Science

Mars Helicopter to launch as part of Nasa's 2020 mission

Mars Helicopter to launch as part of Nasa's 2020 mission

The helicopter is considered a high-risk, high-reward endeavor.

The Mars Helicopter will be included in the Mars 2020 Rover mission which was announced on May 11. The BBC said this could be the first test of "heavier-than-air aircraft on another planet". The autonomous helicopter needs it because of the low atmospheric density on Mars. The Mars Helicopter weighs just under four pounds, with a fuselage about as big as a softball.

The helicopter, which will be attached to the belly pan of the Mars 2020 rover, has built-in solar cells to charge its lithium-ion batteries, and a heating mechanism to keep it warm through the cold Martian nights.

Perhaps most excitingly, NASA believes that if it is successful and makes it for the Mars 2020 mission, even future astronauts could one-day fly helicopters on Mars.

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But according to Spaceflight Now, it seems that childhood idea might not be as unlikely as we once though as engineers at NASA's Jet Propulsion Laboratory have been working for the past four years to design a helicopter that could be a part of the next Martian rover mission in 2020. For power, the vehicle packs two counter-rotating blades that will whirl 3,000 times a minute - 10 times the rate of a standard Earth-based helicopter - and enable a seamless flight. Our next rover to Mars will carry the first helicopter ever to fly over the surface of another world.

However, reality is not that simple as unlike Earth's atmosphere, the Martian atmosphere is 100 times thinner which poses enormous challenges for a helicopter. Once deployed and its batteries are charged, multiple tests will be performed before controllers on Earth command the Mars Helicopter to take its first autonomous flight.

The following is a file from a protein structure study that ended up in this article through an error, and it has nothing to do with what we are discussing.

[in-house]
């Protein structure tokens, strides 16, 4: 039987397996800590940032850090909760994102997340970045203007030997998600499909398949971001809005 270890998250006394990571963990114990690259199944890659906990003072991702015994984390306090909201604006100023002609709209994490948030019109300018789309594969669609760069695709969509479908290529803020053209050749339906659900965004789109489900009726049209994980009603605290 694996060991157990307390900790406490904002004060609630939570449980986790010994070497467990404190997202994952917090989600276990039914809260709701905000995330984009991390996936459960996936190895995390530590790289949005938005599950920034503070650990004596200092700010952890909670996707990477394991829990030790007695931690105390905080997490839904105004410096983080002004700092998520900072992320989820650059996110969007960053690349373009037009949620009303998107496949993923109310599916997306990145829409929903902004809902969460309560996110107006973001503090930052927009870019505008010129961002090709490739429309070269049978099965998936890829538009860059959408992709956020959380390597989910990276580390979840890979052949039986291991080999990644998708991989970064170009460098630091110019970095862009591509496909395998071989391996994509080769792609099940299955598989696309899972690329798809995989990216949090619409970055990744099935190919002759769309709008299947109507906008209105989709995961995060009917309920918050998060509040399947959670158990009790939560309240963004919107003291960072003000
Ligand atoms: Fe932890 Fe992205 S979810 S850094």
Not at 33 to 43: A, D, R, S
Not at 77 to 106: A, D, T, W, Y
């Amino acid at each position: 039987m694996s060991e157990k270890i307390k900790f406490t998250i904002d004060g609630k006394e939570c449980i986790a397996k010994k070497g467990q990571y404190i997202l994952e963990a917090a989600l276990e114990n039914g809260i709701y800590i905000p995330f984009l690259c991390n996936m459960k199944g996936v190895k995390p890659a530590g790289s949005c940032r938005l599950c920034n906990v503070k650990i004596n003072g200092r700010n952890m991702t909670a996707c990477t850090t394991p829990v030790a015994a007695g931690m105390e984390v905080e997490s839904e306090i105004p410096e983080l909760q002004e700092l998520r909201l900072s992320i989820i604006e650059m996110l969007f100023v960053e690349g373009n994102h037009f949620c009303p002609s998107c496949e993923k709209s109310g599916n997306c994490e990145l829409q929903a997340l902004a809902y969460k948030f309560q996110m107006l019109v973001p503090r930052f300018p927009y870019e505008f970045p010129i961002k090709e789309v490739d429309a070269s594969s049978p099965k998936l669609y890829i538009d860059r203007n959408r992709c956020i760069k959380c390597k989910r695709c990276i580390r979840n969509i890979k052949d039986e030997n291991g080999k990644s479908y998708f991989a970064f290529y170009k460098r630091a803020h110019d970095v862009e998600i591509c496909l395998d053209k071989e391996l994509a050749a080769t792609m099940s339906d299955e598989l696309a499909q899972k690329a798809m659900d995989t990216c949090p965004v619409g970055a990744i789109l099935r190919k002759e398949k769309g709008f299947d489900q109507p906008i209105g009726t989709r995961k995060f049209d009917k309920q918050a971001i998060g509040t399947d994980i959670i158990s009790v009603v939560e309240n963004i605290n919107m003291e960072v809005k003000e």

Because of its huge distance - Earth will be several minutes away, traveling at the speed of light - Aung said that direct control will be impossible. With each successive flight, the duration (90 seconds max) and distance covered will be increased (up to a few hundred meters).

If this Mars helicopter launch works as planned, we may soon have our hands on a brand new way to explore the surface of foreign planets. It will also climb to 10 feet (3 m) and hover for about 30 seconds. "With the added dimension of a bird's-eye view from a 'marscopter, ' we can only imagine what future missions will achieve". If this little helicopter works as intended, it will set the stage for future, more complex rotorcrafts created to act as scouts that can explore and map regions of Mars where scientists can't even dream to send a rover. If it crashes or doesn't work as well as hoped, the 2020 rover will still operate normally. Scientists will use the instruments aboard the rover to identify and collect samples of rock and soil, encase them in sealed tubes, and leave them on the planet's surface for potential return to Earth on a future Mars mission. NASA's Launch Services Program, based at the agency's Kennedy Space Center in Florida, is responsible for launch management.